Keep An i On Open Source
April 25, 2016 Dan Burger
The marriage of open source and IBM i reminds me of a marriage statistic that recently came to my attention: Approximately $6 billion in revenue is lost by American businesses as a result of decreased worker productivity linked to marriage hardship. Employees in a happy marriage, in contrast, tend to increase a company’s bottom line. From what I have seen of IBM i advocates in relationships with open source, happiness seems to abound.
Cross-trained RPG developers boasting open source language skills aren’t exactly common, but their numbers are increasing as IBM i shops with modernization intentions follow through on plans for Web and mobile development. According to Mike Pavlak, a guy who could fill Wrigley Field with the RPG developers he has introduced to PHP, something close to 70 percent of the IBM i shops that use PHP train their existing RPG staff rather than hire PHP developers and train them to use IBM i. That speaks well for the RPG community, but it also shows that approximately 30 percent of PHP developers in IBM i environments are new to the platform. That’s a good thing, too–new blood, fresh ideas.
Aaron Bartell, one of IBM‘s designated “Champions” is a tenacious advocate for open source on IBM i. A blazer of open source trails, he helped navigate IBM i support for Ruby and Rails and is doing the same with Node.js.
“It is my perception that Node.js is getting a lot of attention from the IBM i side of IBM. For example, look at how many releases have come out in the past year (one or more a quarter),” Bartel notes with characteristic enthusiasm. From his perch on the IBM developerWorks website, he’s also noticed IBM being responsive to “most of the requests” Node users are making.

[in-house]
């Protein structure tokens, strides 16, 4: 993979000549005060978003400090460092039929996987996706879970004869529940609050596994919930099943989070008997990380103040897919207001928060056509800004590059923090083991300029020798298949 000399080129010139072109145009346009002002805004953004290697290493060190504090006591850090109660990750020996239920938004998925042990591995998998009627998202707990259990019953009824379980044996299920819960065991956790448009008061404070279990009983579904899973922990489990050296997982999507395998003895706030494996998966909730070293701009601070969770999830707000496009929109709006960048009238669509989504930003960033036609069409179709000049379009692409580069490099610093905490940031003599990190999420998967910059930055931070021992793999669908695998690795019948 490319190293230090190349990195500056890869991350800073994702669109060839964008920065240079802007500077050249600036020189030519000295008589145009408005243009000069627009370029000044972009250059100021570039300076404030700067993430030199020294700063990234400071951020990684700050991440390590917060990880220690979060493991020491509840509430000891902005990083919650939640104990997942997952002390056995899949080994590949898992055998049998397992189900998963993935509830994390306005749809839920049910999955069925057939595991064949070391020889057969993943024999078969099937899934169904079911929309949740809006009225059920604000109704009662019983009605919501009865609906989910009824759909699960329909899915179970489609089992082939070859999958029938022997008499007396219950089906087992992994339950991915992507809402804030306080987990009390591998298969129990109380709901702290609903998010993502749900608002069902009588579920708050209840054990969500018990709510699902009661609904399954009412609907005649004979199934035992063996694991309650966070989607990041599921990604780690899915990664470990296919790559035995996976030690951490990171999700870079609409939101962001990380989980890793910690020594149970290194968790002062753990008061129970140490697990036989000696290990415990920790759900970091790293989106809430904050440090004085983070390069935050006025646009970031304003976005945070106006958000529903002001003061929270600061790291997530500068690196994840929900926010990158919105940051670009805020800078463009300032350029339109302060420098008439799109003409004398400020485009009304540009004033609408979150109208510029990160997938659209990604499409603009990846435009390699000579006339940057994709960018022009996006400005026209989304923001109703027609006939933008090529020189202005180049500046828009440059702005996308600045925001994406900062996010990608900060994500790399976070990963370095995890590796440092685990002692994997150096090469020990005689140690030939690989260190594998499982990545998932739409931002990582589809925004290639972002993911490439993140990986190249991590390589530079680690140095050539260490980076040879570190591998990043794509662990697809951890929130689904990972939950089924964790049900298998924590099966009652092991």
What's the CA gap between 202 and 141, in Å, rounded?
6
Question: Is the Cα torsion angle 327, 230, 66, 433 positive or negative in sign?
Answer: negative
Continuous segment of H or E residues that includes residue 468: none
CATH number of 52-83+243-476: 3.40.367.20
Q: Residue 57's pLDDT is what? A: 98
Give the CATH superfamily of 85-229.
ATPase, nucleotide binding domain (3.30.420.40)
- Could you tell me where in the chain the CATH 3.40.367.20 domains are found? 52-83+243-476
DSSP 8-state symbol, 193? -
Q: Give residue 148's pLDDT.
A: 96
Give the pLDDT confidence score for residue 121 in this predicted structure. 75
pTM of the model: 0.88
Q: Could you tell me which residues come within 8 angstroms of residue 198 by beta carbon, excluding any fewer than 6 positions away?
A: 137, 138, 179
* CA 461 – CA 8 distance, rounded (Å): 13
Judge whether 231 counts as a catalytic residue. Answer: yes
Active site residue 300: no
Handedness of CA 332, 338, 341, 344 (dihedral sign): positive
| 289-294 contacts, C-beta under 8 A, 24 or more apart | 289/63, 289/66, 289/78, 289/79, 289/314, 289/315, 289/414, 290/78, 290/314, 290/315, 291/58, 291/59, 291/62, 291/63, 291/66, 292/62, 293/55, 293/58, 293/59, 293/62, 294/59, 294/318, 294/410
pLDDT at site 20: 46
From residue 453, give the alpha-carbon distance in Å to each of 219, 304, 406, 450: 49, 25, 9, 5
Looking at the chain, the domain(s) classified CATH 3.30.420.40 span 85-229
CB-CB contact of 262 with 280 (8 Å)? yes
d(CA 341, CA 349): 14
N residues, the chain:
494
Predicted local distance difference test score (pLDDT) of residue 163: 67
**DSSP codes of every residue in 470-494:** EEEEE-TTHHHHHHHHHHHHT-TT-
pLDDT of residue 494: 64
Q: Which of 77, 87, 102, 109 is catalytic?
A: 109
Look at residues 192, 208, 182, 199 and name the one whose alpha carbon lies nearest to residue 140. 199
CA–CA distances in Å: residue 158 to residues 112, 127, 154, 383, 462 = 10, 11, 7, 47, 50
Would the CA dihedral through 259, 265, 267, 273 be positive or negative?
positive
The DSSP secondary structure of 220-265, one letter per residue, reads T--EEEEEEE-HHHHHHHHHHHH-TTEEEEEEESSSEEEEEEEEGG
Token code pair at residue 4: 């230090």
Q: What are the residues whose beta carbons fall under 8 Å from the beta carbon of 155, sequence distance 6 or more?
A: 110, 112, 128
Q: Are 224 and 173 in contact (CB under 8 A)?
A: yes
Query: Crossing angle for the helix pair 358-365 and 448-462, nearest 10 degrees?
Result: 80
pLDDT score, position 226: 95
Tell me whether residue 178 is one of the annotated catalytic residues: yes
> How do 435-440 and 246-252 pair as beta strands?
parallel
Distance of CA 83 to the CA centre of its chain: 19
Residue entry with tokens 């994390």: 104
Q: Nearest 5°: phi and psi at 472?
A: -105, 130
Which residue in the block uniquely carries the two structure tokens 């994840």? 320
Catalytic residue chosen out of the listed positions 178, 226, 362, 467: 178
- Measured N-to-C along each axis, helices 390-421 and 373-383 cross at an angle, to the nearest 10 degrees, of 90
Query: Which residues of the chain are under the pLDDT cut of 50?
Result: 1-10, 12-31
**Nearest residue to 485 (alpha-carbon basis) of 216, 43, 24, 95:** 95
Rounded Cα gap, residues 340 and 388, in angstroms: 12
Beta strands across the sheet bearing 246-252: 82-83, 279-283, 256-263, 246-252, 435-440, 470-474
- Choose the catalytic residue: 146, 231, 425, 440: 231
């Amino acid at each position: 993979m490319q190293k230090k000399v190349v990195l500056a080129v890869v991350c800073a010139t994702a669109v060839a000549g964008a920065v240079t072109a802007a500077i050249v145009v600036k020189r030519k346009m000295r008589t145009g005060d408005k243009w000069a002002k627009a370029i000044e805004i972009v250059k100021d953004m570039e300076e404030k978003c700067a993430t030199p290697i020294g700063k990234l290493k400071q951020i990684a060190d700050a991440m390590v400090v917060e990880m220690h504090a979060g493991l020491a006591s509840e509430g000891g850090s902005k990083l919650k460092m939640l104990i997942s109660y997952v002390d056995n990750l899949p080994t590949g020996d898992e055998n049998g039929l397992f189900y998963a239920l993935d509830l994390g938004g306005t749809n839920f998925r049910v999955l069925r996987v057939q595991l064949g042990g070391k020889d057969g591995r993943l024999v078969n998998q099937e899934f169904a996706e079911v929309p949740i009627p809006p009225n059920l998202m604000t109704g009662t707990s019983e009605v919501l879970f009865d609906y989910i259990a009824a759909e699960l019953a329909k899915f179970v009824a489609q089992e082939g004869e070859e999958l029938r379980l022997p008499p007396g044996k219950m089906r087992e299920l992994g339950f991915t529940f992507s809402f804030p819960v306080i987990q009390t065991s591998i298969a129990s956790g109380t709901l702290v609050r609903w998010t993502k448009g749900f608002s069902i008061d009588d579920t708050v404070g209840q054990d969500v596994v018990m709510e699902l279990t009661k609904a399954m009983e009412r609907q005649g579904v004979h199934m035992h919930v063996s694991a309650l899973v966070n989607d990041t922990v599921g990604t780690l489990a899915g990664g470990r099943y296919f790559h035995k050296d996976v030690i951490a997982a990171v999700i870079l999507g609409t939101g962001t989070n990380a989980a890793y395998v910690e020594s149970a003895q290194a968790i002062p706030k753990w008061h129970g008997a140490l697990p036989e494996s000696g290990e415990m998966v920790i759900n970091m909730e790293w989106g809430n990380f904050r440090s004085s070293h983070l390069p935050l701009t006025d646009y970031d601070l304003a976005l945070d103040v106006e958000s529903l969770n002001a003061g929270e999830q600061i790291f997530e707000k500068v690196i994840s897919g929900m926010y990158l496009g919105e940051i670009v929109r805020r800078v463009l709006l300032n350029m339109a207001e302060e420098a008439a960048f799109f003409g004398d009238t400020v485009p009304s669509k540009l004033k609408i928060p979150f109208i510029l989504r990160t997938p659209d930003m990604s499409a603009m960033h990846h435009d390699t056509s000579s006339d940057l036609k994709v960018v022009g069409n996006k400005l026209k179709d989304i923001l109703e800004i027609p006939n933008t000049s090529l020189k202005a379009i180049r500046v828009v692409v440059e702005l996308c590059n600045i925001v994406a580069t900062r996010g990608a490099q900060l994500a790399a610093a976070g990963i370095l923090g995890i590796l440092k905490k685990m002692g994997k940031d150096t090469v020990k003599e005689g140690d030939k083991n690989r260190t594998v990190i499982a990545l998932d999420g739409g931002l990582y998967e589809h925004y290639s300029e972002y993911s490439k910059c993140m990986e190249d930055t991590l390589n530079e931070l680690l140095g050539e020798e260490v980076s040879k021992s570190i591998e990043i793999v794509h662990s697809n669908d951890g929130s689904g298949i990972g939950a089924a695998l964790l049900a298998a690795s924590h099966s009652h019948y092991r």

Bartel reports IBM responded to the request for multiple versions of Node on the same machine at the same time, so developers can test new versions before deploying. The toolkit (product number 5733-OPS) now includes Option 4 for Node v4.x while keeping Option 1 for Node v0.12.12. He also recommends using the “tar” command to save off the Node.js IFS folder before installing updates.
He also is encouraged by IBM adding support for a broader base of native (C/C++) node modules so things like node-inspector can be used by IBM i Node.js developers.
There’s always room for improvement and on Bartel’s list he has ease of installation.
Applying PTFs cannot be described as easy, but he’s OK with the term “easy-ish,” which avoids negativity and the potential disincentive for attempting to load it. Obtaining licensed programs (that don’t require a license key) is quite bluntly “a pain in the butt.” Please, IT Jungle readers, let us know if this surprises you as it is not unique to 5733OPS.
Along with Node.js, the IBM i Open Source Solutions toolkit includes options for two versions of Python, the GNU Compiler Collection, and Git.
Ruby is available via the PowerRuby download page. It’s a licensed software, but nonetheless the tar command allows users to save of versions for “rollback insurance.”